Bob Clearmountain Interview: Scaling the Heights

It’s one of our biggest ever studio engineer interviews . We speak to Bob Clearmountain about mixing some of the most iconic artists of our time… It’s traditional in this kind of interview to open up with a ‘xxx has worked with some of the biggest names of our time’ quote, but with Bob Clearmountain you […]

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It’s one of our biggest ever studio engineer interviews . We speak to Bob Clearmountain about mixing some of the most iconic artists of our time…

It’s traditional in this kind of interview to open up with a ‘xxx has worked with some of the biggest names of our time’ quote, but with Bob Clearmountain you get the impression that such a throwaway line wouldn’t be doing the man justice. Besides, it might be easier to list the people he hasn’t worked with, such is the length of the man’s CV and the time that he has been working in a recording studio environment.

Bob started working as an engineer in the early 70s at New York’s Media Sound Studios, before becoming chief engineer at the iconic PowerStation Studios. Since the 80s, he has worked as an independent engineer with artists including The Rolling Stones, Paul McCartney, Bryan Adams, Chic, Simple Minds, The Pretenders, Hall & Oates, Tina Turner, Bruce Springsteen, Bryan Ferry, Robbie Williams, Elton John, The Kinks… the list really does go on.

He’s also worked on such high-profile productions as Live Aid and The Concert For New York City. He runs one of the finest studios money can buy – as you will see from some of the shots accompanying this interview – with one of the most extensive kit lists. There’s plenty to talk about then, so let’s get straight to it…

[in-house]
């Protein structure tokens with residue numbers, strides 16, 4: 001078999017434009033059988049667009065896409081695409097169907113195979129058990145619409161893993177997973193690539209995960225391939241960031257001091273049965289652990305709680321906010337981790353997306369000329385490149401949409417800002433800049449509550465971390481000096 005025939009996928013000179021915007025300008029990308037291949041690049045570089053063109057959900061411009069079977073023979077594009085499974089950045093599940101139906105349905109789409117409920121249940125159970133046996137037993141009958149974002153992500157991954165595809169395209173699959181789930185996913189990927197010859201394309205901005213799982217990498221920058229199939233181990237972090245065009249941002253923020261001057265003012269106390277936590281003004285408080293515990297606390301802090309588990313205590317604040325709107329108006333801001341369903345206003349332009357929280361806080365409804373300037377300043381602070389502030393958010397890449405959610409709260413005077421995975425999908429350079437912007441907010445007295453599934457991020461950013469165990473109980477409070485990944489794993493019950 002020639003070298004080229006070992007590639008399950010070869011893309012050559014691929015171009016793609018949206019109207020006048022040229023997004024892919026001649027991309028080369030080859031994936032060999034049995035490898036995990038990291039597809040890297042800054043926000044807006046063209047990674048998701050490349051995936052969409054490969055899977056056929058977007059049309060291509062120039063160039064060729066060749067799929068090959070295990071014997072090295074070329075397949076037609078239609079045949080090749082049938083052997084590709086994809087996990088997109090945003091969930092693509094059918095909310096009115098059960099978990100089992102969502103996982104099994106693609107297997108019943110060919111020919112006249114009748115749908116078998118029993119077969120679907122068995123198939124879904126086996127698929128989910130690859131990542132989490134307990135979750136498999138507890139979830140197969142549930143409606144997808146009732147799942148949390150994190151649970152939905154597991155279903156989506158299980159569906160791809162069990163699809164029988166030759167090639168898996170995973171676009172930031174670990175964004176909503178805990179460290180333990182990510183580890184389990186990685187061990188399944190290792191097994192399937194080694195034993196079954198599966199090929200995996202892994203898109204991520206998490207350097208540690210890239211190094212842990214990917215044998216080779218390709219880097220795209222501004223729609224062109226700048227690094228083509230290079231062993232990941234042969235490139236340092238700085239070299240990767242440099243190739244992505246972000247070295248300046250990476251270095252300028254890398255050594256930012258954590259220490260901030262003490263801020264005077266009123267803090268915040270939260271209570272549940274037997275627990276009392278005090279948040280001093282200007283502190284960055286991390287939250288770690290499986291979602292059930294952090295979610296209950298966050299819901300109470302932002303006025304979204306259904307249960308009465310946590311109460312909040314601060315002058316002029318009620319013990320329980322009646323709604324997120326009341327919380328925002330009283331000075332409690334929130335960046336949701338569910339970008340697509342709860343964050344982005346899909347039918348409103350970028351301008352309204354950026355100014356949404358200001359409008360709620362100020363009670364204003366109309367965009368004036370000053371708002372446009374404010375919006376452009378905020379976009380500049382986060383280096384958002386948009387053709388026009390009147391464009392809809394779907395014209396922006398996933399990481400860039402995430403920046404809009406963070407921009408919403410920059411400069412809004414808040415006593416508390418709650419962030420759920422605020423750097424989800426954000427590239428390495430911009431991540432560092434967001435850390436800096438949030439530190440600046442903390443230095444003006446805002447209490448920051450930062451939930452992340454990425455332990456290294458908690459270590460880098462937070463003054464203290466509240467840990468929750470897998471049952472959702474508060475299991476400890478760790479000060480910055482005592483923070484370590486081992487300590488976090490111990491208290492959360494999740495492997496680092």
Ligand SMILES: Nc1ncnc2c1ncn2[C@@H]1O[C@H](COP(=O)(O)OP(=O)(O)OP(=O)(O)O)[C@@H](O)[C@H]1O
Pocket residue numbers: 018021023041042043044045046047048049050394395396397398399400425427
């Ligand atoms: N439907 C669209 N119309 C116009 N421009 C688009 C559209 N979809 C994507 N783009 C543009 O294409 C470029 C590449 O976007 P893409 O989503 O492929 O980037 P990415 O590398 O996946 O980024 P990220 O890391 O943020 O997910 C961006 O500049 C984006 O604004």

MusicTech: Tell us about the early years and how you started your career…

Bob Clearmountain: I was a bass player in a band that was doing a demo at a studio called Media Sound in New York. Right in the middle of it, the band split up and I started hanging around at the studio and ended up making some friends there. After several months, I convinced them to hire me as a runner, but it turned out they didn’t need runners.

On my first day, I was out on an errand and when I came back they sent me down to Studio A, where there was a Duke Ellington session going on. So I was kind of thrown in at the deep end!

I was always the guy in the band that was recording the gigs – I had a little tape recorder, I used to record my friends in their basements with a little two-track studio, so the first time I walked into the studio I thought ‘I could just live in this place!’ and I still do after 40-something years.

MT: Tell us about the time when you first became aware of being successful in the studio…

BC: I worked at Media Sound for five years, and then one of the engineers, Tony Bon Jovi (yes, Jon’s cousin!) – who had some big hits with the disco version of Star Wars – asked me to be part of his studio, and that was PowerStation in New York.

I was the first guy he asked to be involved. So we started that studio and we co-produced some punk-rock bands. Our first client was actually Chic, who became a huge disco band. I had recorded and mixed Le Freak, which was the biggest record Atlantic Records had ever had at that point. We did 12 inches, long versions, dance versions and things like that. Someone at Atlantic – they had The Rolling Stones – wanted a dance version of a Stones song called Miss You.

So I was working with Jagger, and I mixed the dance version and the single version. That led to Roxy Music, and then I co-produced Bryan Adams’ second album, and that became a big thing. The next album of his I produced was Cuts Like A Knife, and that was a pretty big album, too. It kind of went on from there: the 80s were non-stop and there was always something going on. It was either INXS or Hall & Oates, and then Springsteen… on and on!

MT: Tell us about some of your early experiences with studio technology…

BC: Early in the 90s, I was doing a lot of live album mixing and video things for live concerts. There was always the problem that sometimes people’s monitors weren’t right (this was before in-ear monitors) and sometimes people played a little out of time.

It always bugged me if the bass was out of time with the drums. I was trying to find some way of easily fixing that without actually flying in bits of half-inch tape. There were a few digital editing systems that I tried.